South Korea has just lifted the ban on abortion, after a landmark ruling by the country’s Constitutional Court.
South Korea’s Constitutional Court on Thursday struck down the country’s laws prohibiting abortion, a landmark decision challenging the 66-year-old ban that had become increasingly unpopular in recent years.
Seven out of nine judges ruled that outlawing abortion was unconstitutional votes from six judges were needed to overturn the ban.
After the announcement of the ruling, an uproarious cheer and cries of relief broke out from a couple hundred protesters outside the courthouse. A coalition of women’s rights activists, legal and medical experts and feminist scholars declared victory, after years of campaigning for the laws’ repeal.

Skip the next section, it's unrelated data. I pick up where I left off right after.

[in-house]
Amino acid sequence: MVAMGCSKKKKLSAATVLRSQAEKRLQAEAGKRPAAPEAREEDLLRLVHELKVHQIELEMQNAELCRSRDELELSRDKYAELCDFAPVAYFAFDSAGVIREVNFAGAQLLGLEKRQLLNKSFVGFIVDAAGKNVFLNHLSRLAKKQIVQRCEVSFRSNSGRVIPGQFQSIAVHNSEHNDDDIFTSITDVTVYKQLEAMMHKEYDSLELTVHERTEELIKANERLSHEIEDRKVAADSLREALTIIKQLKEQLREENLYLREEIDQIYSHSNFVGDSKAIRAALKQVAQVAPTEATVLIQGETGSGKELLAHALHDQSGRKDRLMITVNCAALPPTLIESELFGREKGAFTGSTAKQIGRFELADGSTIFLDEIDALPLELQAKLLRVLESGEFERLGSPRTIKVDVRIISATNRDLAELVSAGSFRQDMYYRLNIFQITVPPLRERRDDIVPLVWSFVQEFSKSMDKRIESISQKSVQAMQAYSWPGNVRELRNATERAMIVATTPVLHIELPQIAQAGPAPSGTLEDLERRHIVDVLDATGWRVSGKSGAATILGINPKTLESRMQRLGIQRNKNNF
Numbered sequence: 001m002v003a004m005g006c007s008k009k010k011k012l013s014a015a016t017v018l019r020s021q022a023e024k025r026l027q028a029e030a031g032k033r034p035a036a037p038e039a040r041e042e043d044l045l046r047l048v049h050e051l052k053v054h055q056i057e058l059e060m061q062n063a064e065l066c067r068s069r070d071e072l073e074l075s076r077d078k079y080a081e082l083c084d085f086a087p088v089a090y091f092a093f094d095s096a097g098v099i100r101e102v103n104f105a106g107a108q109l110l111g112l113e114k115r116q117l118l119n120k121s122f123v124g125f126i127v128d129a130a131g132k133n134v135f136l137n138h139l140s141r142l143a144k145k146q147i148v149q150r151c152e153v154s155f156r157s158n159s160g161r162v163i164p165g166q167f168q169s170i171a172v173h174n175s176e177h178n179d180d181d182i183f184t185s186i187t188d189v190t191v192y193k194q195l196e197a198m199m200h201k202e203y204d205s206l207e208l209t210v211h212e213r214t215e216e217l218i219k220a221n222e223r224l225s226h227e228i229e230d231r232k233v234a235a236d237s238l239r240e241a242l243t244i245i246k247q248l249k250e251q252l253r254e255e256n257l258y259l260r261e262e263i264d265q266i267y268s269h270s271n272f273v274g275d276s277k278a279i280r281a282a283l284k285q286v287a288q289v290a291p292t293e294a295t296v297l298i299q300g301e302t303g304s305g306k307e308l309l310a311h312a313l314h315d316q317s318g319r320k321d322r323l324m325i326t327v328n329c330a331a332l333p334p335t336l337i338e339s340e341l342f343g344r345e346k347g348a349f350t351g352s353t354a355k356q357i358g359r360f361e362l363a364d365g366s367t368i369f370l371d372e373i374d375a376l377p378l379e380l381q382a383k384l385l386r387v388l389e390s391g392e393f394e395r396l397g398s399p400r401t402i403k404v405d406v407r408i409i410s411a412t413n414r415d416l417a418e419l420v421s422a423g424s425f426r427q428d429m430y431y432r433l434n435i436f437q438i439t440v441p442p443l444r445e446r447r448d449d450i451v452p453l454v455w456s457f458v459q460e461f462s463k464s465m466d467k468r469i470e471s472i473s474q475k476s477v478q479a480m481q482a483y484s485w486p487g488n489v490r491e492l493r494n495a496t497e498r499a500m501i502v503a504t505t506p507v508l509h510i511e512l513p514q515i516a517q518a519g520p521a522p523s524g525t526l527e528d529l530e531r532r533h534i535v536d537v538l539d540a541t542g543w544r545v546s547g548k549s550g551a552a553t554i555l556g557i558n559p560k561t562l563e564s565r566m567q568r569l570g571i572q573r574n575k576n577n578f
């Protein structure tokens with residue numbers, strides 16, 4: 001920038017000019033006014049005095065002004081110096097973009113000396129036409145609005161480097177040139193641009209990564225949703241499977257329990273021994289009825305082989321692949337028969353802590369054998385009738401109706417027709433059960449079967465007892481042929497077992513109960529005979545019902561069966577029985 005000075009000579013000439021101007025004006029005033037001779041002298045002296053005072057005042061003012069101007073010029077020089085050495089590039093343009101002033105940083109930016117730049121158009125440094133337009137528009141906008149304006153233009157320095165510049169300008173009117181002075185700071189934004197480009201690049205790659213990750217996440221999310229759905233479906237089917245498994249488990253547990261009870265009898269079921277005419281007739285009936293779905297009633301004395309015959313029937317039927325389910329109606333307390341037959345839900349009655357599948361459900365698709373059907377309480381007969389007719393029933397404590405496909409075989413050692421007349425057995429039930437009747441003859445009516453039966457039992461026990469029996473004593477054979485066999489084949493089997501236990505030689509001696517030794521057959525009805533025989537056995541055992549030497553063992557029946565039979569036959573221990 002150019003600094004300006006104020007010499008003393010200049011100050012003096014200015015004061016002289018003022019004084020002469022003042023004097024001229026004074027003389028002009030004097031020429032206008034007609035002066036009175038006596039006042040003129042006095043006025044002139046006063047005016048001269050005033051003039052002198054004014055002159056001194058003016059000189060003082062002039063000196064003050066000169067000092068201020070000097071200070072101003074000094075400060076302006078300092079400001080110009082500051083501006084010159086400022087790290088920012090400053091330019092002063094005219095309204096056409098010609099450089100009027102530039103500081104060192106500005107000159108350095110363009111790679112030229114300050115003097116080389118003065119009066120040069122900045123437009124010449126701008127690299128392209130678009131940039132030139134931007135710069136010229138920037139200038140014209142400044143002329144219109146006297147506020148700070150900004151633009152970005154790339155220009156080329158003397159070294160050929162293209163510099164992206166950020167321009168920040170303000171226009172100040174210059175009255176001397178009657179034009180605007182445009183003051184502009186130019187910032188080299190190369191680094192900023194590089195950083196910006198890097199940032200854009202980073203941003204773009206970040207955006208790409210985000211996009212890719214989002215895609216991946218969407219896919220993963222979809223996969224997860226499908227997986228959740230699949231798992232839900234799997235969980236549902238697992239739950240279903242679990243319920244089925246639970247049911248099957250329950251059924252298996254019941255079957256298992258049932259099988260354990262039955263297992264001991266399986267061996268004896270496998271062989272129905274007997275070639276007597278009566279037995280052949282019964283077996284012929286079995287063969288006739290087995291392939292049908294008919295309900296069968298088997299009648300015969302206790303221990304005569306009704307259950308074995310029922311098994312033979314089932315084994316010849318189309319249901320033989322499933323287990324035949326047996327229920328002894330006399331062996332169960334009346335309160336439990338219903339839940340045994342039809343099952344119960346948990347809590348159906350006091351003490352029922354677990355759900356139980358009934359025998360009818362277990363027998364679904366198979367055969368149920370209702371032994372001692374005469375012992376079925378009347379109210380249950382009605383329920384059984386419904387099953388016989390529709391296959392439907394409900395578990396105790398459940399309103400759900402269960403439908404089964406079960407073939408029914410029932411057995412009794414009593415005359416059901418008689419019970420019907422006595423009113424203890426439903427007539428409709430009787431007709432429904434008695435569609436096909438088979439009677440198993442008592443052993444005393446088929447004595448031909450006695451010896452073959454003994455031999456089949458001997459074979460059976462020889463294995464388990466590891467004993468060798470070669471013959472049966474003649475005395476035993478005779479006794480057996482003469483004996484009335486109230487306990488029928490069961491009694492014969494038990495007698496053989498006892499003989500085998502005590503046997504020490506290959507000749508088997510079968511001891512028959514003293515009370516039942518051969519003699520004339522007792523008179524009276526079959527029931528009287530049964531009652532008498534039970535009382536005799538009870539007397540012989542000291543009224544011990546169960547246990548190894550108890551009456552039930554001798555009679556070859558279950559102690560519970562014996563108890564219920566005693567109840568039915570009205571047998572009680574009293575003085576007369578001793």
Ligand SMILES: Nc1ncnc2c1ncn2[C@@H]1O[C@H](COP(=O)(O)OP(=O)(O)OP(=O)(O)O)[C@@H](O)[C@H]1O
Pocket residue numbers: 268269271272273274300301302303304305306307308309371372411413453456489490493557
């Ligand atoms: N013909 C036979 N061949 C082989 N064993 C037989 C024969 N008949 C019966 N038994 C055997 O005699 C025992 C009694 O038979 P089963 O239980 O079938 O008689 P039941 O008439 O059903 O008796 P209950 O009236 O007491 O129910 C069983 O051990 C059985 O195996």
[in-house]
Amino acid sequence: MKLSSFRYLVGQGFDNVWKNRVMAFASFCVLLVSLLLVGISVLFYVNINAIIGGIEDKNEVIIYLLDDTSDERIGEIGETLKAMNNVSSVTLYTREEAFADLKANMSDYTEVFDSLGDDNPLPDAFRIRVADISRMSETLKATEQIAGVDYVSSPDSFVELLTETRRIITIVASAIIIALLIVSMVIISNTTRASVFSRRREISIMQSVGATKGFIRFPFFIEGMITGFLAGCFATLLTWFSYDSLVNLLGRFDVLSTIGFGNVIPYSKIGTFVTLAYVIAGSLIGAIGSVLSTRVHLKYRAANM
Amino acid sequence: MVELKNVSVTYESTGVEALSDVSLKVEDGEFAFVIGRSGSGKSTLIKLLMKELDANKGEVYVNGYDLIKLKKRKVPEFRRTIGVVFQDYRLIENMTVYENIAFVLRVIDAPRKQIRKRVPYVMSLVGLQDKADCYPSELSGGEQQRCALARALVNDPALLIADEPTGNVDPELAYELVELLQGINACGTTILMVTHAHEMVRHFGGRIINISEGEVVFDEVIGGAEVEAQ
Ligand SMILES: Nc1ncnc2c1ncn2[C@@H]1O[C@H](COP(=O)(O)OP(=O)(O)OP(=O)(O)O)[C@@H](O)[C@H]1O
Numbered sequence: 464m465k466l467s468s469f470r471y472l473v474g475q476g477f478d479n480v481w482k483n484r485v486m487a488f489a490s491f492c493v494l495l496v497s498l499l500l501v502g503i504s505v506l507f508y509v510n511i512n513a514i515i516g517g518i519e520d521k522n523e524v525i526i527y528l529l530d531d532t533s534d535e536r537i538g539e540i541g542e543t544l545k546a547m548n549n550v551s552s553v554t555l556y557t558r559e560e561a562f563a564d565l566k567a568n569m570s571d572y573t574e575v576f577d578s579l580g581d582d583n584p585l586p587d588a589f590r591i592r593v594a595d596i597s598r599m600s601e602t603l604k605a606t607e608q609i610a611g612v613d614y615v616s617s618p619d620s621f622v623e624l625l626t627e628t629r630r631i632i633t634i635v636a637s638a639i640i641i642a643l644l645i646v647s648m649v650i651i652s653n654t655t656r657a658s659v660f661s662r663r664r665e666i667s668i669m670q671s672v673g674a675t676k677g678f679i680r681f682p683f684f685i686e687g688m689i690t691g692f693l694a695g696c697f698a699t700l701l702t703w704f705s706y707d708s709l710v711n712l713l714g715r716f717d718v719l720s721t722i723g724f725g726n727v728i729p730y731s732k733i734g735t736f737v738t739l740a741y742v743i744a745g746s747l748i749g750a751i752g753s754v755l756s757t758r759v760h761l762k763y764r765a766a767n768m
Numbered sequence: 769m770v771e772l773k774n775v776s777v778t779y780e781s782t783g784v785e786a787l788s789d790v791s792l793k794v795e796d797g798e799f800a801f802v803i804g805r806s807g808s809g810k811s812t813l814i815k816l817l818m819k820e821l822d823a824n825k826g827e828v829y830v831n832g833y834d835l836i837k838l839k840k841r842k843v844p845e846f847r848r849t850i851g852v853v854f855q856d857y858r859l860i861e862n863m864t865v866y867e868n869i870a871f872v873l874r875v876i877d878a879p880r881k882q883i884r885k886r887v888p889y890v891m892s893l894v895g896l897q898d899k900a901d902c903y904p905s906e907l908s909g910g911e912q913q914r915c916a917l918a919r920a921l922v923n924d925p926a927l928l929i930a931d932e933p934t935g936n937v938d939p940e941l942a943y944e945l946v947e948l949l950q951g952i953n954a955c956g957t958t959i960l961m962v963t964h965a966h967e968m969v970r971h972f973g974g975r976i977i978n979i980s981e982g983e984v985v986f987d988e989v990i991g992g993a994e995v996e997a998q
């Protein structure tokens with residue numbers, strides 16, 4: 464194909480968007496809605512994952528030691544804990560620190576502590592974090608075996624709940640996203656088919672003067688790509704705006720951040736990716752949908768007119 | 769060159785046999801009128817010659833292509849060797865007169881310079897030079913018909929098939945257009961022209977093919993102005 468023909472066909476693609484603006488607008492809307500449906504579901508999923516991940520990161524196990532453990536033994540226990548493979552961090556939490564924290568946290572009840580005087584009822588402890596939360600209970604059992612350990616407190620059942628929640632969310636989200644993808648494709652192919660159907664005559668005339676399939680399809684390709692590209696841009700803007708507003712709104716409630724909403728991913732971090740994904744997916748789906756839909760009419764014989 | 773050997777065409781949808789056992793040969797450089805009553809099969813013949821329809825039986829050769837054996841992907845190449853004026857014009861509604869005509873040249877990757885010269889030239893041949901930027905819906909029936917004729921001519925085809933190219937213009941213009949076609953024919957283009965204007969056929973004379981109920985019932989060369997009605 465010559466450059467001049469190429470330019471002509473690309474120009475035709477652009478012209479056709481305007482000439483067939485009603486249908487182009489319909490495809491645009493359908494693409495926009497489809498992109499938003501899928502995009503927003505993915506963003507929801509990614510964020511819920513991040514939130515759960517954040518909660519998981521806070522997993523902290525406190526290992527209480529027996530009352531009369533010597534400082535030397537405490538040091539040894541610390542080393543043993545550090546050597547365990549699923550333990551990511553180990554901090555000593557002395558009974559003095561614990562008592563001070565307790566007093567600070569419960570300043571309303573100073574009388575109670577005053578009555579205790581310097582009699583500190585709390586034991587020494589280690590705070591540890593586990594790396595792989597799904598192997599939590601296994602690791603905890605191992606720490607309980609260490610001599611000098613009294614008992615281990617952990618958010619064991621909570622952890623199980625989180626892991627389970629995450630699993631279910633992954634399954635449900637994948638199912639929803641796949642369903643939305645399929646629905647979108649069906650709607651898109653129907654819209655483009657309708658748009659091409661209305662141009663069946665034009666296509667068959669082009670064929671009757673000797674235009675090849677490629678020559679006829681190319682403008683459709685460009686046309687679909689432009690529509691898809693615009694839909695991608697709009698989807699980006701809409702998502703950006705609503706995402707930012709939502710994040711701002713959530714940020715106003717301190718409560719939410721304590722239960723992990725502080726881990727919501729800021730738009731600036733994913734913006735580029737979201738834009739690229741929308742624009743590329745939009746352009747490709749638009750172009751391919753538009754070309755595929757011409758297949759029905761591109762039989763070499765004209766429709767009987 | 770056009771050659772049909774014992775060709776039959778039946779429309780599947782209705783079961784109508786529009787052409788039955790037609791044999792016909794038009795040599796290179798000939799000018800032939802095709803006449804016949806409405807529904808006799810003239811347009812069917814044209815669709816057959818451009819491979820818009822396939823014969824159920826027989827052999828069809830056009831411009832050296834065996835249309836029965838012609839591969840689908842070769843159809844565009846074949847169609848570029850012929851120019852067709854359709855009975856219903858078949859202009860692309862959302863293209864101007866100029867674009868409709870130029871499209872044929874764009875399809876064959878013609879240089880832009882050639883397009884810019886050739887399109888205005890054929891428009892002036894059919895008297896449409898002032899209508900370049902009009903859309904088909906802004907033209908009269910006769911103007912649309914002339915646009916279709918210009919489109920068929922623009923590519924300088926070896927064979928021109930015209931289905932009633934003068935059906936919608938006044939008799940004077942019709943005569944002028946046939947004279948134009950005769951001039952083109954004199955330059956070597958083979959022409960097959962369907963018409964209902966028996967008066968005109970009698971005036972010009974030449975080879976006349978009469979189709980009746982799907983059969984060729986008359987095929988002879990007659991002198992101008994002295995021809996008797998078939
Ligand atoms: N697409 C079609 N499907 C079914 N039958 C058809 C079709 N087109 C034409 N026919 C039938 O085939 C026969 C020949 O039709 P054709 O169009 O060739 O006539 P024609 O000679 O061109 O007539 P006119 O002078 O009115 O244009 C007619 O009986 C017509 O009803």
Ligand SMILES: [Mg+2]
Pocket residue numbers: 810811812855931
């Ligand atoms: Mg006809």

Previously, women who had abortions in South Korea could face up to a year in prison and be fined up to two million won ($1,780), while doctors who helped terminate pregnancy could be jailed for up to two years.
Abortion was criminalized in South Korea in 1953, with exceptions for rape, incest and genetic disability. Termination of pregnancies after 20 weeks will remain illegal